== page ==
Source(s): Code of Business Conduct 2022, page 29, 31; Fonterra - Modern Slavery Statement 2022.pdf, page 3, 6, 7, 11; Fonterra - Sustainability Report 2022.pdf, page 19
Evidence of Remediation
During its workforce evaluation, it identified concerns about bullying, harassment, long hours, and potential human rights risks in the non-milk supply chain. However, it does not provide further details of the risks found or the locations affected. In response to these concerns, the company has provided over 10,000 employees with training on bullying and harassment awareness.
Fair Working Conditions
Policy for Direct Operations
The company commits in writing to prohibit child and forced labour, discrimination, and abuse. It also requires suppliers to ban child labour, forced labour and discrimination. The company carries out independent audits against the SMETA standard, which covers the selected policies. Furthermore, some of the company's customers require the company to undertake an annual assessment by EcoVadis. For FY2022, it retained a Gold rating. In addition, The company provides up to 10 days of sick pay per year. However, this is only said to apply to permanent workers. Furthermore, the company does not commit to ensuring all employees in its operations and supply chain receive a fair wage or have a clear statement requiring suppliers to prohibit abuse, harassment and inhumane treatment.
Source(s): Code of Business Conduct 2022, page 4, 29, 30, 31; Fonterra - Modern Slavery Statement 2022.pdf, page 4, 7, 11; Fonterra - Sustainability Report 2022.pdf, page 19, 22, 45; Fonterra Group Ethical Behaviour Policy 2017, page 1, 3; Sick Leave Guidelines 2016, page 4; Supplier Sustainability Code of Practice 2019, page 1, 2
Monitoring & Discosure
The company reports that supplier compliance is monitored via audits. However, it does not explicitly state which areas are audited. The company has a whistleblowing mechanism for all its employees and stakeholders to report violations anonymously related to human rights. In FY2022, the company received 20 reports through the agency. The company disclosed fourteen formal complaints in New Zealand, four in Australia, one in Sri Lanka, and one in Japan; however, while it states that several reports concerned discrimination, it does not categorise all the grievances it received.
Safety & Turnover Data
Committee representation of workers
The company has a global health and safety management system covering operational and employee safety, overseen by the Global Director of Quality and Safety. However, it does not disclose having a health and safety management system certification. Also, the company has a global health and safety management system but does not disclose whether its facilities/sites have health and safety committees with worker representatives.
Source(s): Fonterra - Sustainability Report 2022.pdf, page 6, 16, 60, 73, 75; Sustainability Report 2022, page 16
Disclosure of safety and turnover data
The company discloses its total recordable injury frequency rate (TRIFR) as 6.7 per million work hours for FY2022. This is an increase compared to FY2021 when the company had a TRIFR of 5.7. The company also discloses one work-related fatality in the reporting year, compared to zero in the prior year. The company has reported an overall turnover rate of 11.9% for FY2022 but does not disaggregate this by seniority level. The turnover rate excludes employees in the company's Brazillian operation.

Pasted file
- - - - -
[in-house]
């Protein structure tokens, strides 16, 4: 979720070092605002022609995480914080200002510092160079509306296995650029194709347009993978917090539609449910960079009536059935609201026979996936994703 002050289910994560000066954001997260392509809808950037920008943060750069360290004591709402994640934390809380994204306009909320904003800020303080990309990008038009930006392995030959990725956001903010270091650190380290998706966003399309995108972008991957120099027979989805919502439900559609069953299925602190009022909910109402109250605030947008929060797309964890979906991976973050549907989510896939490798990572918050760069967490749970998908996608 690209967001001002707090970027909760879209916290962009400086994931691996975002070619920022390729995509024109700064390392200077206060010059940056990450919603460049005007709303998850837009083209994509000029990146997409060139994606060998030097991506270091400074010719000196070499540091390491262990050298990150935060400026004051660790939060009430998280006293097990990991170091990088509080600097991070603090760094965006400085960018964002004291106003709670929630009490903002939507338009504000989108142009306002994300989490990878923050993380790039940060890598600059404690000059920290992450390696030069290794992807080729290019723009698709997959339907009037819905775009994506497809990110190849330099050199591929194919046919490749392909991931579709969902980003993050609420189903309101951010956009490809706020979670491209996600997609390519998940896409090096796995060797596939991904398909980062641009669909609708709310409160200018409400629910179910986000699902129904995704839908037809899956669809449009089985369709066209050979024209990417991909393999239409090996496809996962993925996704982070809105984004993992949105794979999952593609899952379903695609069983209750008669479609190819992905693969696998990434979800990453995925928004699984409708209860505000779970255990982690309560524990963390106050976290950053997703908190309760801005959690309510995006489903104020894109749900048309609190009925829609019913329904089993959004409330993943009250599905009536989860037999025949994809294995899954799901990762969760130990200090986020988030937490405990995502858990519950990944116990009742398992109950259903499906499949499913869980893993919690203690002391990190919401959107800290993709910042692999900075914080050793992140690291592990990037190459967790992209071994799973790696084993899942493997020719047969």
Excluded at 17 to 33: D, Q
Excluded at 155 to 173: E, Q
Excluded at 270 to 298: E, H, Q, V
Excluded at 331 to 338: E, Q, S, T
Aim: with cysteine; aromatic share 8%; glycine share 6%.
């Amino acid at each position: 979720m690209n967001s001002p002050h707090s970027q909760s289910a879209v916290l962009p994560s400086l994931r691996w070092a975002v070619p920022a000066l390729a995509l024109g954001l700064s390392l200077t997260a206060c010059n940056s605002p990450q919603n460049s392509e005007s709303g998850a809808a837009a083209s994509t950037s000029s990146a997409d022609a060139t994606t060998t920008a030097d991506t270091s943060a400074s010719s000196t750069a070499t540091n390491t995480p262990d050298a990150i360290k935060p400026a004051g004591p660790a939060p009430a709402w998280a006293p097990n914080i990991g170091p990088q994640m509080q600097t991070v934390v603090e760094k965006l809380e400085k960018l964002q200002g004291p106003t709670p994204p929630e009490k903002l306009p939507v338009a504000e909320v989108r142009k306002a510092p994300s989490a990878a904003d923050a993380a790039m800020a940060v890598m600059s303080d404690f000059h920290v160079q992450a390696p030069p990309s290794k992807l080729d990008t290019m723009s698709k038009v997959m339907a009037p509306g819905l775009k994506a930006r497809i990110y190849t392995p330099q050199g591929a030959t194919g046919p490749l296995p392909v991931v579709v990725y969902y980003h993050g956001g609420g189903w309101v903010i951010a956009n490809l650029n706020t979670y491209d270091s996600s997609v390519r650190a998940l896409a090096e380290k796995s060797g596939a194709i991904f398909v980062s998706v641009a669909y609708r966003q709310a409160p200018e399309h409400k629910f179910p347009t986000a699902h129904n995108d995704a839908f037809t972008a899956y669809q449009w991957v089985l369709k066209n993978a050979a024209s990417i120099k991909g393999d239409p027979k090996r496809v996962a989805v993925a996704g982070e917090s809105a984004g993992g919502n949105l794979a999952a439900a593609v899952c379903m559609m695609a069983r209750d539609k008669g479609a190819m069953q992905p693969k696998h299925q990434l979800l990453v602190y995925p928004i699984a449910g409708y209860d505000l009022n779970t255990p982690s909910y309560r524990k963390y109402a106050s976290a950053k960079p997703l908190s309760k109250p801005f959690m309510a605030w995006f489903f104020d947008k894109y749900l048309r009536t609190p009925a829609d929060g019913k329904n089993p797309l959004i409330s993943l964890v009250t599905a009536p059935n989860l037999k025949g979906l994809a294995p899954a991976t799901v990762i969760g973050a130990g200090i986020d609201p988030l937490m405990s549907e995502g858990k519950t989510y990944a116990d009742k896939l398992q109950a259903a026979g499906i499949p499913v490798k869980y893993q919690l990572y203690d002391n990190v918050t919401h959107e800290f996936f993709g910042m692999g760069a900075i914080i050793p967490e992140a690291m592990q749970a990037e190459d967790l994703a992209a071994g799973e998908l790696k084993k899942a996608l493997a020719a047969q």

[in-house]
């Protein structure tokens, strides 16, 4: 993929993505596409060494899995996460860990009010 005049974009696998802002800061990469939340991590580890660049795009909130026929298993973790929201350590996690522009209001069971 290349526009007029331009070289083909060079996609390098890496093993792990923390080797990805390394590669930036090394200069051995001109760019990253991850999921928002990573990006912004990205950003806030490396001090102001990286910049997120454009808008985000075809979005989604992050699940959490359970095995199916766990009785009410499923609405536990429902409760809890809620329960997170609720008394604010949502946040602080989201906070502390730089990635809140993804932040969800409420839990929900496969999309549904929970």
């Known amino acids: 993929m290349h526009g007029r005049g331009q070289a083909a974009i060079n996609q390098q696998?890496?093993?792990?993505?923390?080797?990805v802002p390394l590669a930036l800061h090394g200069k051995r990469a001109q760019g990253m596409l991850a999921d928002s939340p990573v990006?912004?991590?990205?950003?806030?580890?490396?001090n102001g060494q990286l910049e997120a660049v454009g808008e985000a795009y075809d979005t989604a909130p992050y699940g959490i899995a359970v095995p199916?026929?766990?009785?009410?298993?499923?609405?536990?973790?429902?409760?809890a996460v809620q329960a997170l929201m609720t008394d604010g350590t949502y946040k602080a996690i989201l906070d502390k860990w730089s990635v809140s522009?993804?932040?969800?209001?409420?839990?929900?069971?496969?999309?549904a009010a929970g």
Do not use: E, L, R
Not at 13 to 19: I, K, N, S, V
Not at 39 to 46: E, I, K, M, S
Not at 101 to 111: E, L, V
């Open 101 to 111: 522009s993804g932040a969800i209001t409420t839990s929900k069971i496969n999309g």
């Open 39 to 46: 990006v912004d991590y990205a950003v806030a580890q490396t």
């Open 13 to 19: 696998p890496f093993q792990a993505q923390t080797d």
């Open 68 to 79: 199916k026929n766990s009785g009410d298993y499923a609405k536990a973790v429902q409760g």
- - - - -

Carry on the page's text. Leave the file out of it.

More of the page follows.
Freedom of Association
Strength of Policies
The company commits in writing to respect its employees' rights to organise and bargain collectively freely but does not disclose unionisation rates. The company also states that its suppliers must respect their employees' rights to freedom of association and to be represented by trade unions in negotiations. That said, the company does not provide evidence of actions to support collective bargaining and freedom of association.
Source(s): Code of Business Conduct 2022, page 14, 29; Fonterra - Modern Slavery Statement 2022.pdf, page 3; Fonterra - Sustainability Report 2022.pdf, page 19, 71; Supplier Sustainability Code of Practice 2019, page 1, 2
Disclosure of Collective Bargaining Metrics
The company states that collective bargaining agreements cover 61% of employees in New Zealand but does not discuss the percentage for other regions where it operates. The company also reports data on full-time and part-time employees by gender and by region.
Food Safety System
The company has achieved FSSC22000 and BRC certification for 100% of its sites. Both of these certifications are GFSI-recognised. The company has its own Raw Milk Harvesting Standard, which includes food safety, and conducts on-farm supplier audits against it in the different sourcing countries/regions. The audits are performed by a combination of its staff and third parties. Therefore, it expects its suppliers to comply with FSSC / GFSI systems. However, it does not disclose the proportion of suppliers that are GFSI-certified.
Source(s): Fonterra - Sustainability Report 2022.pdf, page 14, 15, 48; Food Safety and Quality Webpage, page 14; Food safety and quality - first class traceability for Fonterra Webpage; QR code tracking Webpage
The company discloses that its sites are subject to regular internal and third-party food safety audits by regulators, key account customers, and certification bodies. It also states that milk pick-up samples are taken and tested at every farm by an independent provider. Further, it conducts regular farm testing on food safety and quality. However, it does not disclose the number or frequency of audits in its or supplier operations. Nor does it disclose the corrective action rate. The company states that 93% of its global supply chain is electronically traceable. It continues to expand the use of QR labelling technology to deliver additional value to customers by enabling them to track and trace the product from the point of origin.